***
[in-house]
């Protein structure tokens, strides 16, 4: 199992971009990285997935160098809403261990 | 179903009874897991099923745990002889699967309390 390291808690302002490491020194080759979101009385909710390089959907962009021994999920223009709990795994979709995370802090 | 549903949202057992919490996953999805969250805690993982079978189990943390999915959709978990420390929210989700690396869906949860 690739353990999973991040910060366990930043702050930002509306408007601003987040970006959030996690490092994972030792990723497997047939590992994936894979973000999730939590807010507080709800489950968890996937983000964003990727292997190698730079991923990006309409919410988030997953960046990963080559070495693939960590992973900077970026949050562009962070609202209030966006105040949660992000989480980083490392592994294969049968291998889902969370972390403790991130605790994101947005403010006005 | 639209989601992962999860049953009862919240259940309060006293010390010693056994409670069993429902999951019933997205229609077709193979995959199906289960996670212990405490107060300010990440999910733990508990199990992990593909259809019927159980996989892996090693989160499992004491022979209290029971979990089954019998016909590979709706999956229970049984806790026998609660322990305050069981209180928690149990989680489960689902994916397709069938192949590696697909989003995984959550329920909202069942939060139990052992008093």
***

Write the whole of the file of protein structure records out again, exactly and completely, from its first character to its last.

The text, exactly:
[in-house]
């Protein structure tokens, strides 16, 4: 199992971009990285997935160098809403261990 | 179903009874897991099923745990002889699967309390 390291808690302002490491020194080759979101009385909710390089959907962009021994999920223009709990795994979709995370802090 | 549903949202057992919490996953999805969250805690993982079978189990943390999915959709978990420390929210989700690396869906949860 690739353990999973991040910060366990930043702050930002509306408007601003987040970006959030996690490092994972030792990723497997047939590992994936894979973000999730939590807010507080709800489950968890996937983000964003990727292997190698730079991923990006309409919410988030997953960046990963080559070495693939960590992973900077970026949050562009962070609202209030966006105040949660992000989480980083490392592994294969049968291998889902969370972390403790991130605790994101947005403010006005 | 639209989601992962999860049953009862919240259940309060006293010390010693056994409670069993429902999951019933997205229609077709193979995959199906289960996670212990405490107060300010990440999910733990508990199990992990593909259809019927159980996989892996090693989160499992004491022979209290029971979990089954019998016909590979709706999956229970049984806790026998609660322990305050069981209180928690149990989680489960689902994916397709069938192949590696697909989003995984959550329920909202069942939060139990052992008093």